Tim Bradley on fighting left-handers such as Manny Pacquiao: "It's just like riding a bike to me now. It's become second nature. Southpaws are easy to dominate now."
WBO junior welterweight titleholder Tim Bradley says that he will have an easier time with Manny Pacquiao than most expect, given that the WBO welterweight beltholder will be his third-straight southpaw opponent.
Bradley (28-0, 12 knockouts) is coming off an eighth-round knockout of left-handed faded former lightweight champ Joel Casamayor on the undercard of Pacquiao's disputed majority decision over Juan Manuel Marquez in November.
Prior to Casamayor, Bradley, who is 28, vanquished southpaw Devon Alexander by decison for the WBC's junior welterweight belt in January of last year.
Pacquiao (54-3-2, 38 KOs) takes a 15-bout winning streak that includes eight stoppages into the bout with Bradley, whose tough upbringing, including early training sessions with his father, were topics addressed during a a recent edition of HBO's Portrait of a Fighter: Timothy Bradley.
Bradley spoke to RingTV.com about all of the above during this Q&A.
RingTV.com: How difficult is it to focus during what is the biggest fight and certainly the most involved promotion of your career?
Tim Bradley: I'm just focused, dude. I'm not concerned about all of the bull crap that they're saying. Just staying to myself like I always do. Just like preparing for any other fight.
I'm just going to stick to my game plan, which is to dominate. No matter what his track record says. He's going to have to show me that he's better than me, and that's just the bottom line.
RingTV.com: During the Faceoff segment, who brought up the notion of you potentially being caught cold by Pacquiao?
TB: That was something that came from my trainer, Joel Diaz. My trainer just knows that Manny comes out fast and that the only way he could possibly stop me is to catch me cold.
So, we've got to be really careful in the beginning because Manny is so strong in the start of his fights, so it's just basically fight strategy.
My trainer just said that we're going to be cautious and ready in the beginning because we don't want to be caught cold with a big shot.
So, you know, that's the main focus in the beginning, man, is not to get caught and dropped in the first round, kind of like my Kendall Holt fight, you know what I mean?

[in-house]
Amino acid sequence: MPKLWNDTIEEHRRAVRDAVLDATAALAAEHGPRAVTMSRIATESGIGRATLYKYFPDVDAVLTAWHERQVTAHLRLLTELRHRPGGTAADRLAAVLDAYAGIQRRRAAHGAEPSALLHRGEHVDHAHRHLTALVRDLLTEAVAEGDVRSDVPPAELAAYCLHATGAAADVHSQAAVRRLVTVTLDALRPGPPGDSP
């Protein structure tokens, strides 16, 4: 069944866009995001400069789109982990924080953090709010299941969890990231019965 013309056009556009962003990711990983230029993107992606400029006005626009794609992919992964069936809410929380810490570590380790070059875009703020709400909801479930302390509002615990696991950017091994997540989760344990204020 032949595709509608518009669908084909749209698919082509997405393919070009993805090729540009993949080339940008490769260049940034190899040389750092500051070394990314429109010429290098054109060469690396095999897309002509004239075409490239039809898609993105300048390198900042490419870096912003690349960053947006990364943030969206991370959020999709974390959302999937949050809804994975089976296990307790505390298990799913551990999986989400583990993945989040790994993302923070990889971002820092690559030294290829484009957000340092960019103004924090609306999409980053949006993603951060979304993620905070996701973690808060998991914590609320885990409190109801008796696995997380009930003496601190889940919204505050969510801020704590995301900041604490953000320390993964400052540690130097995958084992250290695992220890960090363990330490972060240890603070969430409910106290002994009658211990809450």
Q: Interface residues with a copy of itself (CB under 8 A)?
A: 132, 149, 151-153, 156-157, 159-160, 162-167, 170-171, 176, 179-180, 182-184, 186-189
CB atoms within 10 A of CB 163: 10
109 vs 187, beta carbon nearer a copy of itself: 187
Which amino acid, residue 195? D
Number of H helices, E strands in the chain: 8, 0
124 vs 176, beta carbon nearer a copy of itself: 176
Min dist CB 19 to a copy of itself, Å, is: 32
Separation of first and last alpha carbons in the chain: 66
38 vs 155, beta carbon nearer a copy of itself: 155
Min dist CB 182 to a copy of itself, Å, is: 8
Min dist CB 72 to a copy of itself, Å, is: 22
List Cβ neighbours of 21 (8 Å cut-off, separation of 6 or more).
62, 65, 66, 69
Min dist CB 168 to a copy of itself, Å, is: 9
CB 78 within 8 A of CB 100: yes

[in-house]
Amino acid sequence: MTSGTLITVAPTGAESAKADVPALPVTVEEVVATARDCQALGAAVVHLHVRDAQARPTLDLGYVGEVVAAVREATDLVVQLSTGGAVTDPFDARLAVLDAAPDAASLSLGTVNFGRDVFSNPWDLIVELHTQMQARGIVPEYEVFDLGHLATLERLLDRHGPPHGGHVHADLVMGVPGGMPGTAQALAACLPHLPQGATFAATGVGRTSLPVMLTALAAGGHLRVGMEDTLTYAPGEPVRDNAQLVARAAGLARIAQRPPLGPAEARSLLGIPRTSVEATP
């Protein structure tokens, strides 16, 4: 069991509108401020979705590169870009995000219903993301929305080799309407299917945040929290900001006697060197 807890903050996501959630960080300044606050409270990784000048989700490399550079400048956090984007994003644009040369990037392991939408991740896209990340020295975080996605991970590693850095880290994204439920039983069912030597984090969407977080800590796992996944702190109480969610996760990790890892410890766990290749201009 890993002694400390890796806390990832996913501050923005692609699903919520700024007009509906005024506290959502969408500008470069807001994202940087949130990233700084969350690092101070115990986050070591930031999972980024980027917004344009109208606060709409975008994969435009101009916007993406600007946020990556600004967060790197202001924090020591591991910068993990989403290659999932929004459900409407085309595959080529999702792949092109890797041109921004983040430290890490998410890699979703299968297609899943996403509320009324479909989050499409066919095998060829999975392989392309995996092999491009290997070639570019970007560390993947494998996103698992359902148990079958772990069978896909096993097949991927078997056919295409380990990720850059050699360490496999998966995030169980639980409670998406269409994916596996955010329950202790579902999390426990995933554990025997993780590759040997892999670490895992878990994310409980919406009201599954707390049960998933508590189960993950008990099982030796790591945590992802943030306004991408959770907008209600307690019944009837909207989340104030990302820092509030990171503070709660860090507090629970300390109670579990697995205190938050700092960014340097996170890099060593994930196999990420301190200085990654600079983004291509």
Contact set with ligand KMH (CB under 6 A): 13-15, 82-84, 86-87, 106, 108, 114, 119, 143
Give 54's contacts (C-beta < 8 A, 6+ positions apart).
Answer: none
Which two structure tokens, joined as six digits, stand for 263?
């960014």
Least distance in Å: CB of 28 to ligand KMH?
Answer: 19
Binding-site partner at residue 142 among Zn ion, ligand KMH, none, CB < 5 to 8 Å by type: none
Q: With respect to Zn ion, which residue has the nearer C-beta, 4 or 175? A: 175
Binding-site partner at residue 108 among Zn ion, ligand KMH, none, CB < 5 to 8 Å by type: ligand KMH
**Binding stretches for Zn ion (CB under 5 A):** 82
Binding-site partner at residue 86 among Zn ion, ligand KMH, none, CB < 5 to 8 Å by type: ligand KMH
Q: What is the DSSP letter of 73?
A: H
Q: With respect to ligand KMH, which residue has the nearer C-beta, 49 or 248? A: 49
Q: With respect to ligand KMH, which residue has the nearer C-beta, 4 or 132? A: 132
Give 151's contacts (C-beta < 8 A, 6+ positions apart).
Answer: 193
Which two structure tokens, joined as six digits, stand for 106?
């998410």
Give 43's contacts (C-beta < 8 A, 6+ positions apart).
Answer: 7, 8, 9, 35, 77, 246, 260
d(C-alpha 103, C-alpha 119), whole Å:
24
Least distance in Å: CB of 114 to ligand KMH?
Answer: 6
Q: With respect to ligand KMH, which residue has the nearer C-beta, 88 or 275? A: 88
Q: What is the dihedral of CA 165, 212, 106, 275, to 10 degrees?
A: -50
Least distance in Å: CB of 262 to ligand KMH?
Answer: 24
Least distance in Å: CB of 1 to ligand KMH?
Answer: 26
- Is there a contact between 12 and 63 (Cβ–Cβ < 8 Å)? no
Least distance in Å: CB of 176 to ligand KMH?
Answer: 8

I got dropped in the first round and then I had to come back and make up two rounds after getting dropped. That's tough. You don't want to start out in a hole.
So, that was just my trainer talking smart and just saying that, "hey, we're not going to just rush straight at you in the beginning." We're going to definitely take our time, feel you out, and then we'll start executing a game plan.
RingTV.com: The 'Portrait Of A Fighter' espisode, where your father's toughness on you was illustrated, was that accurate?
TB: [Laughs.] My dad, you know, he was tough on me. Really tough on me. But it worked out for the best. That's the reason why we train extremely hard. We really don't have any limits. So, yeah, the workouts were no joke.
Everything was pretty much accurate, man. What people need to understand about me is that I'm tough. I work out hard. I speak from the heart, man, and I talk the truth 99 percent of the time.
So everything that was said and everything that was done was exactly what happened. There are people in the valley who have definitely seen me grow up.
I was in a boxing program as a kid and I fought and a lot of people appreciate the hard work and the dedication that I've put into the game.
I hear it every day from people who see me on the track early in the morning and who know exactly the type of training that I went through.
RingTV.com: What about your personal training and working with southpaws has been beneficial in terms of preparing for Pacquiao, who will be the third straight left-hander you will face?
TB: This will be my third, yep. So basically what's going down is that I'm a lot more familiar with the southpaw stance. I've not been in with a right-hander in my last three fights.
So it's a lot easier and I'm attacking from the angles a lot better. My foot positioning is a lot better. I'm setting up my punches a lot better because I've been prone to southpaws now.
This is my third camp doing this. I'm a lot better than I was in my last two fights when I faced southpaws, you know, with Devon Alexander and Joel Casamayor.
I'm just a lot better with that now at competing and defeating southpaws. It's not a big deal any more. You know, switching up and having to face a southpaw can be tricky. But it's just like riding a bike to me, now.
It's become second nature. Southpaws are easy to dominate now, and I definitely know what my key shots are for the fight, and we're just working on it, man. I can deal with any southpaw.
Photos by Chris Farina, Top Rank
Lem Satterfield can be reached at email@example.com